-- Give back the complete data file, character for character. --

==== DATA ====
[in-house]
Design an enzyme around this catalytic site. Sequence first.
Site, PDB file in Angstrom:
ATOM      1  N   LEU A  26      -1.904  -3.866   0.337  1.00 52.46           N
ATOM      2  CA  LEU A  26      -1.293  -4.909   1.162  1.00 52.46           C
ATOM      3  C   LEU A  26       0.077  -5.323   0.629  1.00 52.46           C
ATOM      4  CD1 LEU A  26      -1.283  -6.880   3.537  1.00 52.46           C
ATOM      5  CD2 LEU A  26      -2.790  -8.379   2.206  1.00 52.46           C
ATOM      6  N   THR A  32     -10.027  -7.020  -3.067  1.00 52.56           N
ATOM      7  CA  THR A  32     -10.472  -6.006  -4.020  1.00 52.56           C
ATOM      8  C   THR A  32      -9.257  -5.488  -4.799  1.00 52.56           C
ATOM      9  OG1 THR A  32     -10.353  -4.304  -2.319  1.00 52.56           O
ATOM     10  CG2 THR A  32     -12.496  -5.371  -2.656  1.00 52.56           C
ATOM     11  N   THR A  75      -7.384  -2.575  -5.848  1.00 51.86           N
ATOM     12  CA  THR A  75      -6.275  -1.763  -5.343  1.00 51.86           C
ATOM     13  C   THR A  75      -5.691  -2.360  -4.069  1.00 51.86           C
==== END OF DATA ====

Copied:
[in-house]
Design an enzyme around this catalytic site. Sequence first.
Site, PDB file in Angstrom:
ATOM      1  N   LEU A  26      -1.904  -3.866   0.337  1.00 52.46           N
ATOM      2  CA  LEU A  26      -1.293  -4.909   1.162  1.00 52.46           C
ATOM      3  C   LEU A  26       0.077  -5.323   0.629  1.00 52.46           C
ATOM      4  CD1 LEU A  26      -1.283  -6.880   3.537  1.00 52.46           C
ATOM      5  CD2 LEU A  26      -2.790  -8.379   2.206  1.00 52.46           C
ATOM      6  N   THR A  32     -10.027  -7.020  -3.067  1.00 52.56           N
ATOM      7  CA  THR A  32     -10.472  -6.006  -4.020  1.00 52.56           C
ATOM      8  C   THR A  32      -9.257  -5.488  -4.799  1.00 52.56           C
ATOM      9  OG1 THR A  32     -10.353  -4.304  -2.319  1.00 52.56           O
ATOM     10  CG2 THR A  32     -12.496  -5.371  -2.656  1.00 52.56           C
ATOM     11  N   THR A  75      -7.384  -2.575  -5.848  1.00 51.86           N
ATOM     12  CA  THR A  75      -6.275  -1.763  -5.343  1.00 51.86           C
ATOM     13  C   THR A  75      -5.691  -2.360  -4.069  1.00 51.86           C